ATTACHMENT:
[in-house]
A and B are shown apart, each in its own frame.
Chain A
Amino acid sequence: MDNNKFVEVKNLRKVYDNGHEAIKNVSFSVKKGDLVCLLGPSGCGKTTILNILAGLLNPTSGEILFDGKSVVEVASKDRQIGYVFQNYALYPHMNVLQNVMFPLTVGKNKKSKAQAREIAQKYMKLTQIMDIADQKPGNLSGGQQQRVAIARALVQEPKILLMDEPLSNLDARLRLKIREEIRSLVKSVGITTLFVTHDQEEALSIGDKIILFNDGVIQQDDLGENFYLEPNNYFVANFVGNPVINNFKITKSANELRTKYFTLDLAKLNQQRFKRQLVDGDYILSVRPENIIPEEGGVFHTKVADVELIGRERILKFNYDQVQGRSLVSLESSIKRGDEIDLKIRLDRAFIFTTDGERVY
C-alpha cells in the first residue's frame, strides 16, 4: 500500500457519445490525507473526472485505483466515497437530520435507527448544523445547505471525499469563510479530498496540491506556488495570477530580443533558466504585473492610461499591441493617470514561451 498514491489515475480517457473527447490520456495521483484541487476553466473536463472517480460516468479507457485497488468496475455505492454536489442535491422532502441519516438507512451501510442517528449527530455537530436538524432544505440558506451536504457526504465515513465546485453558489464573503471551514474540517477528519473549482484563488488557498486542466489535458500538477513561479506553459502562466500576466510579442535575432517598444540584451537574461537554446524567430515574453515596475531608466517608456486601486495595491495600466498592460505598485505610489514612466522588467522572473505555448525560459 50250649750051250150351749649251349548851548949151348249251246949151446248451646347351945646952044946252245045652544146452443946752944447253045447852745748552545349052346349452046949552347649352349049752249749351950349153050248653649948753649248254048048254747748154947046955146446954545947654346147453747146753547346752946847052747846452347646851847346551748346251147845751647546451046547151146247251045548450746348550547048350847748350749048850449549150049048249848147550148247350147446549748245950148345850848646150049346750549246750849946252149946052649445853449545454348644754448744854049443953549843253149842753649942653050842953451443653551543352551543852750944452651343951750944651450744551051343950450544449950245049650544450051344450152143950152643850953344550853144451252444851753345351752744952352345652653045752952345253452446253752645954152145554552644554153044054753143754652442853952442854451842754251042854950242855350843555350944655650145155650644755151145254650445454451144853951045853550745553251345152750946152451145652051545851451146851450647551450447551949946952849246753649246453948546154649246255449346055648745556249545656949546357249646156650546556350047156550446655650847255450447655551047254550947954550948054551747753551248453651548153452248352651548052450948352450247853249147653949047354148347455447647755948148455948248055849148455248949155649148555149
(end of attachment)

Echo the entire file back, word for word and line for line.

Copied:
[in-house]
A and B are shown apart, each in its own frame.
Chain A
Amino acid sequence: MDNNKFVEVKNLRKVYDNGHEAIKNVSFSVKKGDLVCLLGPSGCGKTTILNILAGLLNPTSGEILFDGKSVVEVASKDRQIGYVFQNYALYPHMNVLQNVMFPLTVGKNKKSKAQAREIAQKYMKLTQIMDIADQKPGNLSGGQQQRVAIARALVQEPKILLMDEPLSNLDARLRLKIREEIRSLVKSVGITTLFVTHDQEEALSIGDKIILFNDGVIQQDDLGENFYLEPNNYFVANFVGNPVINNFKITKSANELRTKYFTLDLAKLNQQRFKRQLVDGDYILSVRPENIIPEEGGVFHTKVADVELIGRERILKFNYDQVQGRSLVSLESSIKRGDEIDLKIRLDRAFIFTTDGERVY
C-alpha cells in the first residue's frame, strides 16, 4: 500500500457519445490525507473526472485505483466515497437530520435507527448544523445547505471525499469563510479530498496540491506556488495570477530580443533558466504585473492610461499591441493617470514561451 498514491489515475480517457473527447490520456495521483484541487476553466473536463472517480460516468479507457485497488468496475455505492454536489442535491422532502441519516438507512451501510442517528449527530455537530436538524432544505440558506451536504457526504465515513465546485453558489464573503471551514474540517477528519473549482484563488488557498486542466489535458500538477513561479506553459502562466500576466510579442535575432517598444540584451537574461537554446524567430515574453515596475531608466517608456486601486495595491495600466498592460505598485505610489514612466522588467522572473505555448525560459 50250649750051250150351749649251349548851548949151348249251246949151446248451646347351945646952044946252245045652544146452443946752944447253045447852745748552545349052346349452046949552347649352349049752249749351950349153050248653649948753649248254048048254747748154947046955146446954545947654346147453747146753547346752946847052747846452347646851847346551748346251147845751647546451046547151146247251045548450746348550547048350847748350749048850449549150049048249848147550148247350147446549748245950148345850848646150049346750549246750849946252149946052649445853449545454348644754448744854049443953549843253149842753649942653050842953451443653551543352551543852750944452651343951750944651450744551051343950450544449950245049650544450051344450152143950152643850953344550853144451252444851753345351752744952352345652653045752952345253452446253752645954152145554552644554153044054753143754652442853952442854451842754251042854950242855350843555350944655650145155650644755151145254650445454451144853951045853550745553251345152750946152451145652051545851451146851450647551450447551949946952849246753649246453948546154649246255449346055648745556249545656949546357249646156650546556350047156550446655650847255450447655551047254550947954550948054551747753551248453651548153452248352651548052450948352450247853249147653949047354148347455447647755948148455948248055849148455248949155649148555149